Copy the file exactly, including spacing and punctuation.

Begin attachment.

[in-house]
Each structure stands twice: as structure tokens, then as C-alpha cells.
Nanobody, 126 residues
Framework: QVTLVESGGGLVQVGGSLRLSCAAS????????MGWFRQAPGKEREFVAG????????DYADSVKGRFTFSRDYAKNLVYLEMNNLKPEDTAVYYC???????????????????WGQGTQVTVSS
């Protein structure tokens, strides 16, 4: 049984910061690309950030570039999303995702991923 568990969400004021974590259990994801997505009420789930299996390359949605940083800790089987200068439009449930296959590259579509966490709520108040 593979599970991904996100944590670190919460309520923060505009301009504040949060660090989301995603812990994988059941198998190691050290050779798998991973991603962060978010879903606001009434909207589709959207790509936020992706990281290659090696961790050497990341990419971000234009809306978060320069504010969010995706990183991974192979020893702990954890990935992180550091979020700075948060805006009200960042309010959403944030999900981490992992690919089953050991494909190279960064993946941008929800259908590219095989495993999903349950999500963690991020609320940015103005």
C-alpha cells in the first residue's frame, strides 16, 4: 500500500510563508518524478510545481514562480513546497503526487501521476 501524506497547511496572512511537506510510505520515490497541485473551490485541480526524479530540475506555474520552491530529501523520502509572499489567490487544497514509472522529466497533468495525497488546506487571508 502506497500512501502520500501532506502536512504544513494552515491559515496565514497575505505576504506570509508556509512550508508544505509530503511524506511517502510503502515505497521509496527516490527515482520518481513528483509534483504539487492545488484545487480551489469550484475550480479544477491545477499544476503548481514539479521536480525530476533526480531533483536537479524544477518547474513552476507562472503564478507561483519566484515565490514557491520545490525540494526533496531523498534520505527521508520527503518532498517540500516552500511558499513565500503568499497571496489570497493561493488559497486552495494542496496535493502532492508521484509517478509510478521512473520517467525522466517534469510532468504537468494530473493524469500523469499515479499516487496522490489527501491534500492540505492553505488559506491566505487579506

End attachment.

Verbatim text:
[in-house]
Each structure stands twice: as structure tokens, then as C-alpha cells.
Nanobody, 126 residues
Framework: QVTLVESGGGLVQVGGSLRLSCAAS????????MGWFRQAPGKEREFVAG????????DYADSVKGRFTFSRDYAKNLVYLEMNNLKPEDTAVYYC???????????????????WGQGTQVTVSS
């Protein structure tokens, strides 16, 4: 049984910061690309950030570039999303995702991923 568990969400004021974590259990994801997505009420789930299996390359949605940083800790089987200068439009449930296959590259579509966490709520108040 593979599970991904996100944590670190919460309520923060505009301009504040949060660090989301995603812990994988059941198998190691050290050779798998991973991603962060978010879903606001009434909207589709959207790509936020992706990281290659090696961790050497990341990419971000234009809306978060320069504010969010995706990183991974192979020893702990954890990935992180550091979020700075948060805006009200960042309010959403944030999900981490992992690919089953050991494909190279960064993946941008929800259908590219095989495993999903349950999500963690991020609320940015103005």
C-alpha cells in the first residue's frame, strides 16, 4: 500500500510563508518524478510545481514562480513546497503526487501521476 501524506497547511496572512511537506510510505520515490497541485473551490485541480526524479530540475506555474520552491530529501523520502509572499489567490487544497514509472522529466497533468495525497488546506487571508 502506497500512501502520500501532506502536512504544513494552515491559515496565514497575505505576504506570509508556509512550508508544505509530503511524506511517502510503502515505497521509496527516490527515482520518481513528483509534483504539487492545488484545487480551489469550484475550480479544477491545477499544476503548481514539479521536480525530476533526480531533483536537479524544477518547474513552476507562472503564478507561483519566484515565490514557491520545490525540494526533496531523498534520505527521508520527503518532498517540500516552500511558499513565500503568499497571496489570497493561493488559497486552495494542496496535493502532492508521484509517478509510478521512473520517467525522466517534469510532468504537468494530473493524469500523469499515479499516487496522490489527501491534500492540505492553505488559506491566505487579506